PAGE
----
The next time you find yourself at Newark Liberty International Airport, some of the art might look familiar. That’s because one of the recent murals installed in terminal A—titled Faces of New Jersey—was designed in collaboration with ECHS graphic design students and features the images of EC students and teachers.
The opportunity came as part of an open call seeking art that celebrates New Jersey. It represents “a breathtaking reflection of a dynamic learning environment where students and teacher push and encourage one another in faith toward serving the community, one that EC champions and for which I’m grateful to have experienced again and again,” shares Jesse Wright, adviser to the project.
Student artists include current and former ECHS students Ben Adamson, Dylan Alexandre, Valentina Codegni, Isabel Dennis, Christopher DeRooy, Jason Farraye, Olivia Fishburn, Nicholas Hagedoorn, YuXin Jiang, David Kim, Jayden Montero, Sarah Onufer, Kaitlyn Van Harken and Jiarui Wang.
Spanning a total of 240 feet, the EWR mural is the largest example of EC students marrying learning outcomes with community need, but it is certainly not the only one.
At the high school, Student Opted Academic Resources, a 40-minute activity period that meets four times a week, has enabled a plethora of creativity among faculty and students alike.
For example, the ECHS math club and math honors society, advised by Esther Kim, have partnered once again this year with non-profit organization Give Chances to tutor underprivileged elementary-aged students in math. While the goal is to reduce achievement gaps, Kim also sees it as an opportunity for EC students to “develop leadership skills through reaching out to the community.”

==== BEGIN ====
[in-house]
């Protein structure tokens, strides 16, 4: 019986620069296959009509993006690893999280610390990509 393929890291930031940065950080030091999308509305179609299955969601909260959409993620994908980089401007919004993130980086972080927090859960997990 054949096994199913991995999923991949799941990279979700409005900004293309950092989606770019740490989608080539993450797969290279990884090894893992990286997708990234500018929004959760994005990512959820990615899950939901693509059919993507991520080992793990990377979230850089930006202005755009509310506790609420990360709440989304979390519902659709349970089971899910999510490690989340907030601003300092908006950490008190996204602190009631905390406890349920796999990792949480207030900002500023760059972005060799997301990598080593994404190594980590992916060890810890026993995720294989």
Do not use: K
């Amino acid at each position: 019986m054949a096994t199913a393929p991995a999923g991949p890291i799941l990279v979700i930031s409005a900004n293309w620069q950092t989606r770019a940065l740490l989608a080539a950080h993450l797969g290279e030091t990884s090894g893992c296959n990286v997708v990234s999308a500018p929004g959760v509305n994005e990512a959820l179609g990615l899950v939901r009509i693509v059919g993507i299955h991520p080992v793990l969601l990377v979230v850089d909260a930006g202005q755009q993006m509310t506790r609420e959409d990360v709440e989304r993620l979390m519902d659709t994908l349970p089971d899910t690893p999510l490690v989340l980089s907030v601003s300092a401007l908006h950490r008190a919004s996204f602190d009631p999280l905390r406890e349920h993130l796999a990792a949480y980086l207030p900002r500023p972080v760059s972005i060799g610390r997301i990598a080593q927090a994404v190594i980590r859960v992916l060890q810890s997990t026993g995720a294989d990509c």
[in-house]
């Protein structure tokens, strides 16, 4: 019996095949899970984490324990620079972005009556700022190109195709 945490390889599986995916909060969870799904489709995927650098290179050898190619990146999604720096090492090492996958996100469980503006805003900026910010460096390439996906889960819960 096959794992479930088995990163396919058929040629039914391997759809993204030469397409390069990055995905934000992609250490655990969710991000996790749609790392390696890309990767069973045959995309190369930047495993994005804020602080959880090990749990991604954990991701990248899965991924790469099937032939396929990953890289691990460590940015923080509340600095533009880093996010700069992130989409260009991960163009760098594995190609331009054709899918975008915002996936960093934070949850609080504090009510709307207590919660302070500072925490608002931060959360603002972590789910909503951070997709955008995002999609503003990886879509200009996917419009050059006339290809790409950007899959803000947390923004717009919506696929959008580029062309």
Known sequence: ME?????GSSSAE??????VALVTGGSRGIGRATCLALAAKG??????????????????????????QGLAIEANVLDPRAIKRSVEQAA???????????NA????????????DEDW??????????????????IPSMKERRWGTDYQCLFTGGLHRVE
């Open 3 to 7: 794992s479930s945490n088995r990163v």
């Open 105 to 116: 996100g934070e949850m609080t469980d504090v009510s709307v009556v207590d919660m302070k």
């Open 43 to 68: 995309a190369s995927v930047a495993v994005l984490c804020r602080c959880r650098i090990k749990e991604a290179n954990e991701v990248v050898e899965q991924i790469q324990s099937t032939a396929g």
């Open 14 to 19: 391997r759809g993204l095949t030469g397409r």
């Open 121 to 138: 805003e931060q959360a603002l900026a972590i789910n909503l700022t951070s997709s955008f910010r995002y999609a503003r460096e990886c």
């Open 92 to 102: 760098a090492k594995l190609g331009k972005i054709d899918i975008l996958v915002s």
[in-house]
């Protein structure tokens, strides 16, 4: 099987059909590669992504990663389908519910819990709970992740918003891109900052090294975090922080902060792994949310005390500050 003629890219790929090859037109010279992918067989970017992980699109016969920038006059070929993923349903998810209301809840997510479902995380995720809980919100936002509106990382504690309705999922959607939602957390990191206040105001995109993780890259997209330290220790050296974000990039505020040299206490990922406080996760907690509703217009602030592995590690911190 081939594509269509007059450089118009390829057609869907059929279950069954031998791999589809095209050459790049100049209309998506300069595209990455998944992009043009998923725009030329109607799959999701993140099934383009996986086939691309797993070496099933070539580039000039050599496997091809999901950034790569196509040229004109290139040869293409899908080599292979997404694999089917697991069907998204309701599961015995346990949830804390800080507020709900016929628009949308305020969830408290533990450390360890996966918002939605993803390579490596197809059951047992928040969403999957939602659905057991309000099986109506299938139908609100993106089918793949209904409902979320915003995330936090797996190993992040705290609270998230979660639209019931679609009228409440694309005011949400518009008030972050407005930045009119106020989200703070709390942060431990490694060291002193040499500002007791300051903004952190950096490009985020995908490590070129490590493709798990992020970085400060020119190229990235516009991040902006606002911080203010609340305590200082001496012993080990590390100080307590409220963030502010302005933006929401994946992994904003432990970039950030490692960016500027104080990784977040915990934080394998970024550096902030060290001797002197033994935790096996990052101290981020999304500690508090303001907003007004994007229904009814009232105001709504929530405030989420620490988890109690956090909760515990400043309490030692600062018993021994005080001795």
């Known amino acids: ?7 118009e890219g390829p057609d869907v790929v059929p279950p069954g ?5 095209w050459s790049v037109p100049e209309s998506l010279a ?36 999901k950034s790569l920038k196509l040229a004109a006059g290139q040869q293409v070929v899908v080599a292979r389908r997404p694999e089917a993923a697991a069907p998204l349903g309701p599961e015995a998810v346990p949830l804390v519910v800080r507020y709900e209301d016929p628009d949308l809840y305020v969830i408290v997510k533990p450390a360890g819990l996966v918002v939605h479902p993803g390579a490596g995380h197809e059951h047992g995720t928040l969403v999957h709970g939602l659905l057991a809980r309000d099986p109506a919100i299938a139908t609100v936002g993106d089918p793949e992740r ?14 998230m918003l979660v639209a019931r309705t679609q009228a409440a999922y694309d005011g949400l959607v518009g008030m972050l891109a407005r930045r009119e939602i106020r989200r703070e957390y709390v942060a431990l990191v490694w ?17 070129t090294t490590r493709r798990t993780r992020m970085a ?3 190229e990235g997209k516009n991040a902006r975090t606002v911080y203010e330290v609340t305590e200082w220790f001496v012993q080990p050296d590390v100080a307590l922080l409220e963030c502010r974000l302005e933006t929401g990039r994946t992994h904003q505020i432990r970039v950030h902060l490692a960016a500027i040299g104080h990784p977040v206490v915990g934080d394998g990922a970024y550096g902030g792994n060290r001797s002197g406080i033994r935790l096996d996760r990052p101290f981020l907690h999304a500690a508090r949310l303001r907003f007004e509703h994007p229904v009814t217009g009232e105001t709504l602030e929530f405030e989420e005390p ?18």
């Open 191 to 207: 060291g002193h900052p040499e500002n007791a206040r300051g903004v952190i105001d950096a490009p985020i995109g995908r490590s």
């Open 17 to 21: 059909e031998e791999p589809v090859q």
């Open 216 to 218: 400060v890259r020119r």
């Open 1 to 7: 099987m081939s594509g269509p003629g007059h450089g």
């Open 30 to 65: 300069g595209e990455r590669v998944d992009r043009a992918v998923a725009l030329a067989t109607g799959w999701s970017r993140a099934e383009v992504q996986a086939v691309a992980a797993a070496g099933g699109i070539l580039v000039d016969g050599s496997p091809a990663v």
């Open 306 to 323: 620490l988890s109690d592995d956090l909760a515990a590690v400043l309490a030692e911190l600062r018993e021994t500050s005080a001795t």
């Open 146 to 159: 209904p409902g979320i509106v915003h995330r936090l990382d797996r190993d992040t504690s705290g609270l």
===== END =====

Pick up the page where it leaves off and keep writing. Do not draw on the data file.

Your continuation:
On the creative side, the newly formed Content Creators club, under the direction of Fernando Garcia, has signed on to rebrand ditto upscale retail. Meanwhile, Heart and Hands Club, advised by Faith Kerlen, worked together to manage a food drive for CUMAC, with plans this spring to orchestrate volunteer mornings serving various non-profits.
Aside from community projects happening during SOAR, teachers also utilize classes in a way that allows for real-world investigation and application. In Civics class this spring, for example, instructor James Uitermarkt will assign a Civic Action Project, where students must identify a civic problem in the community and investigate solutions, including studying local organizations poised to meet the need.
In journalism, taught by Leah Genuario, advanced students are encouraged to seek publication outside the school newspaper, which is how Rebecca Eshuis’s recent piece on inflation and local food pantries was published in Tri-State Voice.
And in the music department this December, Amelia Makus directed the high school concert choir and eighth grade singers in performances at Longview and Heritage Manor in the Christian Health Care Center. It was the first time Heritage Manor welcomed a large group since COVID struck in 2020. She shares, “Students benefit by seeing people in different contexts. Their eyes are opened to the needs of people they may not often interact with. They see firsthand the blessing music is to others, particularly the elderly community. Songs stay in a person’s memory longer than anything else and folks will often start singing hymns or carols with us when they may not remember much of anything else.”
ECHS Principal Dan Cirone adds, “Eastern Christian School emphasizes nurturing students to become Christ’s transforming agents in a global society. I am thankful for the work of our innovative faculty to see this mission become reality.”